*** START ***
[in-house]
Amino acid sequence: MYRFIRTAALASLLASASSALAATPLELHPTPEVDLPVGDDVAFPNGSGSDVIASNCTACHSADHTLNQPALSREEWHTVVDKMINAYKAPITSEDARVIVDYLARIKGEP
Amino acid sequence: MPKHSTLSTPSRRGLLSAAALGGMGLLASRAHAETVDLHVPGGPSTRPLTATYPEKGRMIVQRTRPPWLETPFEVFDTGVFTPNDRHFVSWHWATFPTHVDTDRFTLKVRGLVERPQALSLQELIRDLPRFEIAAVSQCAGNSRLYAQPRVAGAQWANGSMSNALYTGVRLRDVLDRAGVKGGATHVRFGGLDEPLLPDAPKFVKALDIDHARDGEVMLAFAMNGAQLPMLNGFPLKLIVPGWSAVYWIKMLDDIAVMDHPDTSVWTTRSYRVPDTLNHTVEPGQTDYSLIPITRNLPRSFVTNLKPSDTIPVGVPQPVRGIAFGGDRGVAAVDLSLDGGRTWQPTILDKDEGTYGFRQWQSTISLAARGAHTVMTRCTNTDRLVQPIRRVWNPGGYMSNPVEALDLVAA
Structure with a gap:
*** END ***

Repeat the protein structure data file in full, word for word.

[in-house]
Amino acid sequence: MYRFIRTAALASLLASASSALAATPLELHPTPEVDLPVGDDVAFPNGSGSDVIASNCTACHSADHTLNQPALSREEWHTVVDKMINAYKAPITSEDARVIVDYLARIKGEP
Amino acid sequence: MPKHSTLSTPSRRGLLSAAALGGMGLLASRAHAETVDLHVPGGPSTRPLTATYPEKGRMIVQRTRPPWLETPFEVFDTGVFTPNDRHFVSWHWATFPTHVDTDRFTLKVRGLVERPQALSLQELIRDLPRFEIAAVSQCAGNSRLYAQPRVAGAQWANGSMSNALYTGVRLRDVLDRAGVKGGATHVRFGGLDEPLLPDAPKFVKALDIDHARDGEVMLAFAMNGAQLPMLNGFPLKLIVPGWSAVYWIKMLDDIAVMDHPDTSVWTTRSYRVPDTLNHTVEPGQTDYSLIPITRNLPRSFVTNLKPSDTIPVGVPQPVRGIAFGGDRGVAAVDLSLDGGRTWQPTILDKDEGTYGFRQWQSTISLAARGAHTVMTRCTNTDRLVQPIRRVWNPGGYMSNPVEALDLVAA
Structure with a gap: